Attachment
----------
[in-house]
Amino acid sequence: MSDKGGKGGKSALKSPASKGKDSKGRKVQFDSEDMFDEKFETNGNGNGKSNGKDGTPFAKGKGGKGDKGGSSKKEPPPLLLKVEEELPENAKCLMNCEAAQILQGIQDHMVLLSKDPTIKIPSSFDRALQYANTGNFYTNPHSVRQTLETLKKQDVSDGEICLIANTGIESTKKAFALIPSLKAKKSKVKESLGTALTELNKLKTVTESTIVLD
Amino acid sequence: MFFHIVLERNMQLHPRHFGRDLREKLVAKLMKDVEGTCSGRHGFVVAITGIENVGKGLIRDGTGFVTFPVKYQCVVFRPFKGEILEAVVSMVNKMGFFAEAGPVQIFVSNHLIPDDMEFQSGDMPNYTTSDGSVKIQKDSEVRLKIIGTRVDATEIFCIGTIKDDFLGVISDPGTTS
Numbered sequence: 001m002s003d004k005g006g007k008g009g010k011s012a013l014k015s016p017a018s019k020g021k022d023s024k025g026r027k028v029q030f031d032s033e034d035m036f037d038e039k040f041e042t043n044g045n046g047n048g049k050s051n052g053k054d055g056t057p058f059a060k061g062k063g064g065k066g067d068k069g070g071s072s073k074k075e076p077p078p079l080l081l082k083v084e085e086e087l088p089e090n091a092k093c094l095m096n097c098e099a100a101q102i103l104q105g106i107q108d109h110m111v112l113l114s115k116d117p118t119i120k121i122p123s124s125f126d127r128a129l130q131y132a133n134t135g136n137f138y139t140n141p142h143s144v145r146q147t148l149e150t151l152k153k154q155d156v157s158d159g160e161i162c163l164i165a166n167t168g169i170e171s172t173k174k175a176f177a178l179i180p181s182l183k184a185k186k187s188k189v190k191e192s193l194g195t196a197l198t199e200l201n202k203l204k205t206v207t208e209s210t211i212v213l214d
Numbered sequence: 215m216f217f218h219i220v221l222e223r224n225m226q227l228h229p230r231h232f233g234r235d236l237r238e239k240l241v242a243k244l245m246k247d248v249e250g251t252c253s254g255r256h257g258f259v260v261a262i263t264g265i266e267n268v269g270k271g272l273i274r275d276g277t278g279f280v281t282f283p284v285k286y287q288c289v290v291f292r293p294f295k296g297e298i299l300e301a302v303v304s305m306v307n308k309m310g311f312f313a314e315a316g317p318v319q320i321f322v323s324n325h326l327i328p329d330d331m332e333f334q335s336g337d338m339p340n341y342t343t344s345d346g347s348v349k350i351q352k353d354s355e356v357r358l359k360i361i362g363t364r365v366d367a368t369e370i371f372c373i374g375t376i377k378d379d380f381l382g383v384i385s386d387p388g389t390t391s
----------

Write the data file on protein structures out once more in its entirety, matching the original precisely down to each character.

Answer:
[in-house]
Amino acid sequence: MSDKGGKGGKSALKSPASKGKDSKGRKVQFDSEDMFDEKFETNGNGNGKSNGKDGTPFAKGKGGKGDKGGSSKKEPPPLLLKVEEELPENAKCLMNCEAAQILQGIQDHMVLLSKDPTIKIPSSFDRALQYANTGNFYTNPHSVRQTLETLKKQDVSDGEICLIANTGIESTKKAFALIPSLKAKKSKVKESLGTALTELNKLKTVTESTIVLD
Amino acid sequence: MFFHIVLERNMQLHPRHFGRDLREKLVAKLMKDVEGTCSGRHGFVVAITGIENVGKGLIRDGTGFVTFPVKYQCVVFRPFKGEILEAVVSMVNKMGFFAEAGPVQIFVSNHLIPDDMEFQSGDMPNYTTSDGSVKIQKDSEVRLKIIGTRVDATEIFCIGTIKDDFLGVISDPGTTS
Numbered sequence: 001m002s003d004k005g006g007k008g009g010k011s012a013l014k015s016p017a018s019k020g021k022d023s024k025g026r027k028v029q030f031d032s033e034d035m036f037d038e039k040f041e042t043n044g045n046g047n048g049k050s051n052g053k054d055g056t057p058f059a060k061g062k063g064g065k066g067d068k069g070g071s072s073k074k075e076p077p078p079l080l081l082k083v084e085e086e087l088p089e090n091a092k093c094l095m096n097c098e099a100a101q102i103l104q105g106i107q108d109h110m111v112l113l114s115k116d117p118t119i120k121i122p123s124s125f126d127r128a129l130q131y132a133n134t135g136n137f138y139t140n141p142h143s144v145r146q147t148l149e150t151l152k153k154q155d156v157s158d159g160e161i162c163l164i165a166n167t168g169i170e171s172t173k174k175a176f177a178l179i180p181s182l183k184a185k186k187s188k189v190k191e192s193l194g195t196a197l198t199e200l201n202k203l204k205t206v207t208e209s210t211i212v213l214d
Numbered sequence: 215m216f217f218h219i220v221l222e223r224n225m226q227l228h229p230r231h232f233g234r235d236l237r238e239k240l241v242a243k244l245m246k247d248v249e250g251t252c253s254g255r256h257g258f259v260v261a262i263t264g265i266e267n268v269g270k271g272l273i274r275d276g277t278g279f280v281t282f283p284v285k286y287q288c289v290v291f292r293p294f295k296g297e298i299l300e301a302v303v304s305m306v307n308k309m310g311f312f313a314e315a316g317p318v319q320i321f322v323s324n325h326l327i328p329d330d331m332e333f334q335s336g337d338m339p340n341y342t343t344s345d346g347s348v349k350i351q352k353d354s355e356v357r358l359k360i361i362g363t364r365v366d367a368t369e370i371f372c373i374g375t376i377k378d379d380f381l382g383v384i385s386d387p388g389t390t391s